It's right, you **cannot** pack two 64-bit primitives into another primitive, which is at most 64 bits of size. Both, `double`

and `long`

by standard are mapped by 64 binary digits.

The question is, whether you can impose some *restrictions* on the **numbers** you are dealing with. If you know, you will always have *even* numbers or *uneven* numbers or the first component will have *integer range* or you are dealing with *multitudes of 1000*, you can win some bits here.

Practically speaking, you will *never* make use of all

2^64 x 2^64 combinations

of pairs of long values.

On the other hand, it's no big deal to handle maps on pairs of values. That was the whole effort to make object-oriented languages like Java to not only deal with data types like `struct`

in **C**, but also to bind methods to the data.
You can find good implementations of a Pair class in the web, e.g. angelikalanger.com. Or you can easily code an implementation yourself, especially, since you only need a pair of `Long`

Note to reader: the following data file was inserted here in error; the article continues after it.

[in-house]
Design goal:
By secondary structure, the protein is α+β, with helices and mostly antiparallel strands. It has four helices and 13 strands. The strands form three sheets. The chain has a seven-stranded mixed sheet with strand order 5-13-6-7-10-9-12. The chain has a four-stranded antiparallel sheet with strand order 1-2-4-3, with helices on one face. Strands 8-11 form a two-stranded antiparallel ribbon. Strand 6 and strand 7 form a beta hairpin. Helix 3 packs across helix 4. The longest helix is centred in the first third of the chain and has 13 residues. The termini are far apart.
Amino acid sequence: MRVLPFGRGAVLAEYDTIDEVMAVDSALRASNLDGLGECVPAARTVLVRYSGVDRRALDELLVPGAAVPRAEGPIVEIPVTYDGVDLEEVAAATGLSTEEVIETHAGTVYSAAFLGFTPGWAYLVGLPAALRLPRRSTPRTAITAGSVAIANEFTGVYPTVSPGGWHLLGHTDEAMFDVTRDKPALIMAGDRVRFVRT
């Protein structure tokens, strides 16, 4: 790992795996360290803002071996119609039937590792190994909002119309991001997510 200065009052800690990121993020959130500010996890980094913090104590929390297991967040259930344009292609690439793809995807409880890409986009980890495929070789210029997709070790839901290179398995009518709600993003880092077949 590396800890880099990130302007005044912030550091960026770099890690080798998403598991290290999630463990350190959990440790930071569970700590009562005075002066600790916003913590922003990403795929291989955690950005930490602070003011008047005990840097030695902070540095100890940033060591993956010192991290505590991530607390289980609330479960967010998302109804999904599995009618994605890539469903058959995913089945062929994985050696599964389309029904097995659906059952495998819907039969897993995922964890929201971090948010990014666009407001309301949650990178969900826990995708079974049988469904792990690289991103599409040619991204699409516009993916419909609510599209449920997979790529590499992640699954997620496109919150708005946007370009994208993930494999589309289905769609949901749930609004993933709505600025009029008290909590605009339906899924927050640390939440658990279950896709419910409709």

values.

Also consider to use `Pair<Double, Pair<Long, Long>>`

or implement a `Tuple<M,N,T>`

class right away instead of a Map, i.e. key-value combination, following the outline of the `Pair<M,N>`

implementation.

Finally, you could even employ an **in-memory database** like H2 to hold your `Tuple(double, long, long)`

entries. It is enough to enclose it in your project as a Java library and configure it properly.

By the way, a *3-tuple* is called a *triple*. Therefore, you could correctly call your `class Triple(double, long, long)`

or better `Triple(Double, Long, Long)`

.

`double`

, and`long`

s are just associated information. – Wei Shi Aug 1 '11 at 18:43